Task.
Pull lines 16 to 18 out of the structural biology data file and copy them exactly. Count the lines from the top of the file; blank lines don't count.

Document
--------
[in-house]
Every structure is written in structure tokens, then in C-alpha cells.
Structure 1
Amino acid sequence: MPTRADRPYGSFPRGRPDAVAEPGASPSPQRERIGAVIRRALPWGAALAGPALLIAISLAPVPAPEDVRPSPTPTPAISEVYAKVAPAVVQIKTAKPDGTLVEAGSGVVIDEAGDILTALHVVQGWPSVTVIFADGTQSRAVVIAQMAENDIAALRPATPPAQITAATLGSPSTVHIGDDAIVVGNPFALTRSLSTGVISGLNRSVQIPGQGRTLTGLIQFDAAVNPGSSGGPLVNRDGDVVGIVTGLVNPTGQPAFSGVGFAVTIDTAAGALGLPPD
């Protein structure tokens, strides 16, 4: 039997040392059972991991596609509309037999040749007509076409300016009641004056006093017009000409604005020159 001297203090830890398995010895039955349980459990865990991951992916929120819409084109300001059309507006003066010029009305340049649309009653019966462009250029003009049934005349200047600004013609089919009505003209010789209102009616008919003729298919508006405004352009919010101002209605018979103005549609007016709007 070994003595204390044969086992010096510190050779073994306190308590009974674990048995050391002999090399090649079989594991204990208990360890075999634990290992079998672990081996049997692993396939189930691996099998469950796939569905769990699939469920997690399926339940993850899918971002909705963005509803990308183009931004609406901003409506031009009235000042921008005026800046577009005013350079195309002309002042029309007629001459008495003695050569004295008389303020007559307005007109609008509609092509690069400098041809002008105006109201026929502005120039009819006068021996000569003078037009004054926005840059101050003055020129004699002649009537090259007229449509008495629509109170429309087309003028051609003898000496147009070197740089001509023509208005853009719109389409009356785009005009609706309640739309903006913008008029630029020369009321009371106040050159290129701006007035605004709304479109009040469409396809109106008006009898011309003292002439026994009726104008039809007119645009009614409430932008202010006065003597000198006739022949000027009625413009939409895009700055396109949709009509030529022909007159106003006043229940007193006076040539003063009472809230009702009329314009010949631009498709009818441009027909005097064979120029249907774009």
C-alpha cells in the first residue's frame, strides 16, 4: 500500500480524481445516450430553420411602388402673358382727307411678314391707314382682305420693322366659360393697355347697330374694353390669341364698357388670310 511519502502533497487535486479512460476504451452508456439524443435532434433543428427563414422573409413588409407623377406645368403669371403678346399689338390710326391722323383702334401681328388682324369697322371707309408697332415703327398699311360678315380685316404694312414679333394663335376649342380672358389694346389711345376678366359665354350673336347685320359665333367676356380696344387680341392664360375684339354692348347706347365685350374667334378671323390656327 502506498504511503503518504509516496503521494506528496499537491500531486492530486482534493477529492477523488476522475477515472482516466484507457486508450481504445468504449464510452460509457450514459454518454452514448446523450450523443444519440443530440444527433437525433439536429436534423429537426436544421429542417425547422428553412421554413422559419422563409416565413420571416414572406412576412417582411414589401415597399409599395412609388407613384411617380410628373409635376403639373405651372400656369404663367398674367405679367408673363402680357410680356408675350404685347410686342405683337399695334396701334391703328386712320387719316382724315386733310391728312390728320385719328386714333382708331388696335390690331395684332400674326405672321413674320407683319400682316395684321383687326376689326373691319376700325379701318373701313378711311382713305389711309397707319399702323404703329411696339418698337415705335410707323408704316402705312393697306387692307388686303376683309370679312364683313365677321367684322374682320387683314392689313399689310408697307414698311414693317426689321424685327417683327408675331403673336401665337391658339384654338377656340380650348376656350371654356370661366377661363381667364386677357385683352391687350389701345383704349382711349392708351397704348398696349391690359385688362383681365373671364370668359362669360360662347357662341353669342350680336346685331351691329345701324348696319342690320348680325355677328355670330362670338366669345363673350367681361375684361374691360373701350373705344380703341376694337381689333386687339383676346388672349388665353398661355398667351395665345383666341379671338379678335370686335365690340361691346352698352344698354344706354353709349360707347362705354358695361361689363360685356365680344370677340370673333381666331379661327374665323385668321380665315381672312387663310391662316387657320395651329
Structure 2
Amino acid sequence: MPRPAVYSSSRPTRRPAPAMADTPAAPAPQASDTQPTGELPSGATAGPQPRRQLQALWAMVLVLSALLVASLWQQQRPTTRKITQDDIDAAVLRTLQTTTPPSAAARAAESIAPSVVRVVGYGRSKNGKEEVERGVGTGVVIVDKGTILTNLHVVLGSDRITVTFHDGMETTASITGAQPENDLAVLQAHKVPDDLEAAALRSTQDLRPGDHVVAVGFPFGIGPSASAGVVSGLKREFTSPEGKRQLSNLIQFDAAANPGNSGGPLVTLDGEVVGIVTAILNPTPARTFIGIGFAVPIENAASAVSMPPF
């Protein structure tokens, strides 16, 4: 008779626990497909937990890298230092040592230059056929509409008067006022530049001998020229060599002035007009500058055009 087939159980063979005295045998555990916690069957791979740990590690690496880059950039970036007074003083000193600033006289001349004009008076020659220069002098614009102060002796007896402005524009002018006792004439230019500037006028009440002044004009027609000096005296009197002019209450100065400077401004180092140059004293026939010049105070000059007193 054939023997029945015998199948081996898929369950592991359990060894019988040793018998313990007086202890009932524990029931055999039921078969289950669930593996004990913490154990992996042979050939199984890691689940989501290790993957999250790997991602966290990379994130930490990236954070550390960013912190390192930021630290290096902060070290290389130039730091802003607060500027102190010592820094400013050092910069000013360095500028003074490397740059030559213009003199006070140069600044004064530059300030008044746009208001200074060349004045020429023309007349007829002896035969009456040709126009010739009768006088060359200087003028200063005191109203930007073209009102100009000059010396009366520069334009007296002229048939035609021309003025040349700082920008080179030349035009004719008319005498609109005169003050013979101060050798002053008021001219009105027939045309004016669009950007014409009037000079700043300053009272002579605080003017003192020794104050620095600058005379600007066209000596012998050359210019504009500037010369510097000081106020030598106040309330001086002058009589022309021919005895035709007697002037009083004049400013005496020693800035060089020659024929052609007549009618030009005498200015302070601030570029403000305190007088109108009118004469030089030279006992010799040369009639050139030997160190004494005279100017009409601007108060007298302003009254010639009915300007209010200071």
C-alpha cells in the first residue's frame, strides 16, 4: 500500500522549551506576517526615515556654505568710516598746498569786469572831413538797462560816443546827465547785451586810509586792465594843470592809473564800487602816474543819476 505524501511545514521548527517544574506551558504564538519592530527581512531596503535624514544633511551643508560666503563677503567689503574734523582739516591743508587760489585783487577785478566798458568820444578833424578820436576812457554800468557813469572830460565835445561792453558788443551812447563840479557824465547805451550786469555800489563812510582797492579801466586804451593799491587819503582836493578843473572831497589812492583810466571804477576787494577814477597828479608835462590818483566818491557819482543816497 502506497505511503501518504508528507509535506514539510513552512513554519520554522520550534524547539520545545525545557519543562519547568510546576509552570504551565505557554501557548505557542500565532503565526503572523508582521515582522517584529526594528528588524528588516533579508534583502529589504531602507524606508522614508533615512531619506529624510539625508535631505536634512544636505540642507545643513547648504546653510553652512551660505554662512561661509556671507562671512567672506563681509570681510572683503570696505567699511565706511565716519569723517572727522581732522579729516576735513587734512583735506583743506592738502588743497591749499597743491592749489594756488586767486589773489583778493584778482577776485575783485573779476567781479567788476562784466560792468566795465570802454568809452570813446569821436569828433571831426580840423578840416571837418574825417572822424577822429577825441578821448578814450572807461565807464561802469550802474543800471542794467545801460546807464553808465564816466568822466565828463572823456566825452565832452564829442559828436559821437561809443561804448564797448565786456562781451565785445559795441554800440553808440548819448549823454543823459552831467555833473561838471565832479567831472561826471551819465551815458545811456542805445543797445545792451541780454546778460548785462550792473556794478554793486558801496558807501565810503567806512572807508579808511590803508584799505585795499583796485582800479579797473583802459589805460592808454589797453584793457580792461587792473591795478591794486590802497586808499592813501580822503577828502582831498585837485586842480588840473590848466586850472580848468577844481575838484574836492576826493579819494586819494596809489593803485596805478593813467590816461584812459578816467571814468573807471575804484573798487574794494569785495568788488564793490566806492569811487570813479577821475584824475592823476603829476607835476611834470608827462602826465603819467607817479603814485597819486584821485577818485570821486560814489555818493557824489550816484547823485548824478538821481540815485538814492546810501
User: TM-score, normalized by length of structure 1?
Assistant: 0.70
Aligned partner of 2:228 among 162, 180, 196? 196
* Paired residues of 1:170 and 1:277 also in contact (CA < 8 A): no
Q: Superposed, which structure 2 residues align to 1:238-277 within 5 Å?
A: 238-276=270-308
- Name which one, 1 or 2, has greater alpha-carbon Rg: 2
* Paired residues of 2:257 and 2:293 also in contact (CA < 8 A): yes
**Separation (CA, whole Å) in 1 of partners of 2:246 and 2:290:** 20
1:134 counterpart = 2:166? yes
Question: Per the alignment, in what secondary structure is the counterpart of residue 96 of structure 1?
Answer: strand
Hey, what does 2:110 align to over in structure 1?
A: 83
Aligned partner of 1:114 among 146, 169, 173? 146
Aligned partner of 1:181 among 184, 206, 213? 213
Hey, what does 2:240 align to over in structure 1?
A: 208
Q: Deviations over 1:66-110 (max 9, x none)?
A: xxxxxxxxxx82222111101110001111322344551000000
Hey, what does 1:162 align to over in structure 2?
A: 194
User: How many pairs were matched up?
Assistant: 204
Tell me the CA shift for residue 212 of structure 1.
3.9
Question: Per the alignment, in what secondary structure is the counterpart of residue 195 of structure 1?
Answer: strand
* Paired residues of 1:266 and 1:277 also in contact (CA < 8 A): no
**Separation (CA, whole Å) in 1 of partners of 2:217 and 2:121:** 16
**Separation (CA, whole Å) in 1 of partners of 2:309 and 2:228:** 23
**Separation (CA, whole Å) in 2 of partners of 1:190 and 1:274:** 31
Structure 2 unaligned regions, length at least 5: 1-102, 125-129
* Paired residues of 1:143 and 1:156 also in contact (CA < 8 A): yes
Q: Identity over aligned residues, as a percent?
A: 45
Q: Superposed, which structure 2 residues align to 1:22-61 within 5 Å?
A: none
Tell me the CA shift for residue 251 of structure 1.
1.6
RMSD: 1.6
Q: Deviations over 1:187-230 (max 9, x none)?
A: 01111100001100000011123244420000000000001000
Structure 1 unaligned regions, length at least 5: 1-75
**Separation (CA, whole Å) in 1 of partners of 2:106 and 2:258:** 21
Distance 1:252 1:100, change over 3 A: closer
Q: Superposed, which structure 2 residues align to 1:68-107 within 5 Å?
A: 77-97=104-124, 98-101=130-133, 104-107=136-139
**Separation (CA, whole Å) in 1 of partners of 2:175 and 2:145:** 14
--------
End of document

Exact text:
A: 238-276=270-308
- Name which one, 1 or 2, has greater alpha-carbon Rg: 2
* Paired residues of 2:257 and 2:293 also in contact (CA < 8 A): yes